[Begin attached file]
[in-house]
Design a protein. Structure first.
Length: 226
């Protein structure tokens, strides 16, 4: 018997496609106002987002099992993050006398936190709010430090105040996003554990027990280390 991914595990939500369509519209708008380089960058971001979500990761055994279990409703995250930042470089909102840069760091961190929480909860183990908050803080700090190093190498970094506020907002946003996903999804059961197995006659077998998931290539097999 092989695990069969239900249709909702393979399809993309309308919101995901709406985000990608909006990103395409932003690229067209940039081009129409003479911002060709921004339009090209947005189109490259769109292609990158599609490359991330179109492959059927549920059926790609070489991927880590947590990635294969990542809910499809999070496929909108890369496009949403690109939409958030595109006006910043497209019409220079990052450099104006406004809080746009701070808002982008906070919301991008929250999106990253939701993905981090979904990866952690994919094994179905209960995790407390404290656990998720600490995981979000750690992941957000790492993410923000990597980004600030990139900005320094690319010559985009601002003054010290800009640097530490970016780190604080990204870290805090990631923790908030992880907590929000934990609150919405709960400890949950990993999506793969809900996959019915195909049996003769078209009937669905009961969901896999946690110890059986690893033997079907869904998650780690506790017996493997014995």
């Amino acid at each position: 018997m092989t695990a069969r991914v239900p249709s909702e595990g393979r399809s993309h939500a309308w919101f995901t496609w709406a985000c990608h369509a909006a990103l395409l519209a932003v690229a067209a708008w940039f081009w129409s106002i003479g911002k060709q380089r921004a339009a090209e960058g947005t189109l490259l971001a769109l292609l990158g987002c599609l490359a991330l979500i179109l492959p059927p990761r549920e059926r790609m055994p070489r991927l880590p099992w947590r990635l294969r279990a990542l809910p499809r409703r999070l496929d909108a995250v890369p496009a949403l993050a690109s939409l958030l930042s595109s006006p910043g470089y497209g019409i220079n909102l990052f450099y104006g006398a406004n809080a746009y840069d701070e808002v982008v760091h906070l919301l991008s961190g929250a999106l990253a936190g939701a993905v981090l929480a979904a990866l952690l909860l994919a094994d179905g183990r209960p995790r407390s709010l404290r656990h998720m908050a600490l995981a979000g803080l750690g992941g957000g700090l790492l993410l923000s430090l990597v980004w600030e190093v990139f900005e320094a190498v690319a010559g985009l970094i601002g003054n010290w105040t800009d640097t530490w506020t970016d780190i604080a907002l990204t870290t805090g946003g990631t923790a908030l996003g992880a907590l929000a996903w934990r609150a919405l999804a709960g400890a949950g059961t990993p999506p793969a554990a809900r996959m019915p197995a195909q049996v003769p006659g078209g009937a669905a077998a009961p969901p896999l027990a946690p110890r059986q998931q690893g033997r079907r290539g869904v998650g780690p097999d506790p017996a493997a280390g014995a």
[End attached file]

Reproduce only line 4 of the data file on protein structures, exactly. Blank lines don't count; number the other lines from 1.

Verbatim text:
């Protein structure tokens, strides 16, 4: 018997496609106002987002099992993050006398936190709010430090105040996003554990027990280390 991914595990939500369509519209708008380089960058971001979500990761055994279990409703995250930042470089909102840069760091961190929480909860183990908050803080700090190093190498970094506020907002946003996903999804059961197995006659077998998931290539097999 092989695990069969239900249709909702393979399809993309309308919101995901709406985000990608909006990103395409932003690229067209940039081009129409003479911002060709921004339009090209947005189109490259769109292609990158599609490359991330179109492959059927549920059926790609070489991927880590947590990635294969990542809910499809999070496929909108890369496009949403690109939409958030595109006006910043497209019409220079990052450099104006406004809080746009701070808002982008906070919301991008929250999106990253939701993905981090979904990866952690994919094994179905209960995790407390404290656990998720600490995981979000750690992941957000790492993410923000990597980004600030990139900005320094690319010559985009601002003054010290800009640097530490970016780190604080990204870290805090990631923790908030992880907590929000934990609150919405709960400890949950990993999506793969809900996959019915195909049996003769078209009937669905009961969901896999946690110890059986690893033997079907869904998650780690506790017996493997014995």